You may have all heard about the Zika virus by now! It is an infectious disease spread by a virus that is known to be carried and transmitted by mosquitoes, specifically the Aedes aegypti and Aedes albopictus species. These mosquitoes have also been implicated in the transmission of other viruses, including infections such as Yellow Fever, Dengue Fever and Chikungunya Fever.
Why all of the hype now about the infamous Zika virus?
Well, long story short – 2015 marks the first time the virus was reported in multiple cases within the Western Hemisphere (specifically, Central and South America, Mexico and the Caribbean). However, frequent travel has now also resulted in reported cases within the US. The vast majority of the cases in the U.S. are still thought to be due to travel rather than local transmission. Of course, this is subject to change, given that confirmed infected travelers are potential sources of future local viral transmission. In fact, you may have even heard of some recent reports of the Zika virus showing signs of sexual transmission, and Zika viral particles being found in urine and and saliva samples. Further studies are being done to more fully characterize the nature of possible Zika virus transmission.
Now, lets move on! Why all of the notoriety associated with the Zika virus in the last few weeks? Well, the classic viral illness is thought to be self-limited and cause a rash with fever, conjunctivitis (red, inflamed eyes) and joint pains. However, in areas of Brazil where the virus has been reported over the last few months, there has been an increase in the number of cases of congenital microcephaly (decreased head circumference at birth), which can have serious long-term implications including seizures and developmental delays. Furthermore, preliminary analysis has linked an increased risk of microcephaly with viral transmission during the first trimester of pregnancy. In-depth studies are now being conducted to fully analyze the risks of viral transmission in the later stages of pregnancy, as well as the risks of viral transmission immediately surrounding birth. Viral particles are thought to remain in the bloodstream for about a week after transmission, implying that the virus cannot be transmitted in the long term from a person with a known prior infection. Therefore, prior Zika virus infection may not imply any long term significance if a woman were to become pregnant in the future.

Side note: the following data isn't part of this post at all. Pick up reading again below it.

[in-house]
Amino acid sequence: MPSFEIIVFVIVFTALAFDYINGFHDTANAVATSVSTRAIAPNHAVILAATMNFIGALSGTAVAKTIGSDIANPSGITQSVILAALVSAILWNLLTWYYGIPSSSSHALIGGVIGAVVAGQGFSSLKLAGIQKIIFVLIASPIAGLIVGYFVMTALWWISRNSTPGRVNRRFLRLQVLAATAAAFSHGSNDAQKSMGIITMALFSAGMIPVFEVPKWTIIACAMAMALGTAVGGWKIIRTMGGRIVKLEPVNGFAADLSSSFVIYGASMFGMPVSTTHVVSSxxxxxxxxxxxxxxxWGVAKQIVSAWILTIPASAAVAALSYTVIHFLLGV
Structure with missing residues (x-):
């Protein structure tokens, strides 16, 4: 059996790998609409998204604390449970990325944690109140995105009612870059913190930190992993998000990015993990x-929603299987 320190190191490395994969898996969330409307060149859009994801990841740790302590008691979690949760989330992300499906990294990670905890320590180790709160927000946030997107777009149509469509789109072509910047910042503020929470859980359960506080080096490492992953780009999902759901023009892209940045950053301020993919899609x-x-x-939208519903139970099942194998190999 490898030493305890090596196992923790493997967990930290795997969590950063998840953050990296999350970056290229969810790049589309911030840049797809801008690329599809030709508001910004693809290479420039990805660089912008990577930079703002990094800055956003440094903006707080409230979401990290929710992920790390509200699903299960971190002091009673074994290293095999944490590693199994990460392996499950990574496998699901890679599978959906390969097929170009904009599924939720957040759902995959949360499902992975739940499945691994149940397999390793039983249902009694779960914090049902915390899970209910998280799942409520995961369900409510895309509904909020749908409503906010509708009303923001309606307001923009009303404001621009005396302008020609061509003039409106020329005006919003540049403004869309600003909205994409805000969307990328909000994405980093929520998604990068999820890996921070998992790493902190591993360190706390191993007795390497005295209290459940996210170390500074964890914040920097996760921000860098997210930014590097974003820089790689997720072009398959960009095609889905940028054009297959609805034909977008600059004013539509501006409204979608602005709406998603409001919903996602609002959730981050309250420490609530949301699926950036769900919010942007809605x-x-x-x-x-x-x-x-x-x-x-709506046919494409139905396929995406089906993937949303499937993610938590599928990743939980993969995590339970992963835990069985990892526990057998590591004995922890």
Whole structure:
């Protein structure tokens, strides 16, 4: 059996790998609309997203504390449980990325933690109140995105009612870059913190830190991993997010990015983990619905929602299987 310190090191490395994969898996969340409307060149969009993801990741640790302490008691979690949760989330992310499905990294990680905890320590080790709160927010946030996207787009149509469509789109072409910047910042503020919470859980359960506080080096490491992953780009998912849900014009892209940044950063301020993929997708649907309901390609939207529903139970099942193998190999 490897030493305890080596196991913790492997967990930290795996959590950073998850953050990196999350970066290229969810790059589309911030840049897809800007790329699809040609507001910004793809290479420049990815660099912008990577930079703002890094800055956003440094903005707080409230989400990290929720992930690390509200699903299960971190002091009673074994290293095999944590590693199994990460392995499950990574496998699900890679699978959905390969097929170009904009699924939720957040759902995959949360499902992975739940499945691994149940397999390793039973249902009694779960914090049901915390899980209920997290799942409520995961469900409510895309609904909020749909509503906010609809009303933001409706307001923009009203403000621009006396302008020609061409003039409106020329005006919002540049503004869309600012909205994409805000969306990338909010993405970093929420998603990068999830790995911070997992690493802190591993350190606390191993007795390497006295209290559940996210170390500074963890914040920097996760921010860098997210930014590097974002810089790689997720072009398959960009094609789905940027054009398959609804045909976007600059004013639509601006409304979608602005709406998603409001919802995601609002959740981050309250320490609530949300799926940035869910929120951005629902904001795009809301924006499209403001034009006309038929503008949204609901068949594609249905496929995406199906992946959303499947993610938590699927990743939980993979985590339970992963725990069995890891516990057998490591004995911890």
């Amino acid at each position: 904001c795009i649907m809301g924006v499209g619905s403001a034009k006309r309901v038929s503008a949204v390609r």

What should you do with all of this information?
For starters, women who are trying to get pregnant or who are pregnant, should avoid all travel to areas with known Zika virus circulation. Be sure to check available CDC and WHO resources before considering any travel to these potential areas. If such travel is imperative, alert your healthcare provider(s) immediately so that they can plan for close monitoring before your departure and after your return. They can also keep you updated on the latest recommendations as study data evolves. During your travels, be sure to protect your skin from mosquito exposure by wearing long sleeves, pants, socks and hats and by utilizing sturdy mosquito nets whenever possible. Invest in a high-grade mosquito repellent that is safe to use during pregnancy. The EPA has a wonderful online resource
that can help you find safe mosquito repellent options. Lastly, be on the lookout for cases in California and the Bay Area, as these may suggest the need to follow these preventative measures while being home.
Guest Writer, Dr. Lavanya Krishnan.
Lavanya is a board-certified dermatologist practicing in San Francisco. She and her husband, Ashwin, live in the city and have been married for 6 years. They are very excited about the impending arrival of their baby girl! Lavanya is originally from Duluth, GA and met Ashwin in college at MIT. They have had the pleasure of living in many amazing cities, including New York City and Chicago, but are now pleased to call San Francisco their home!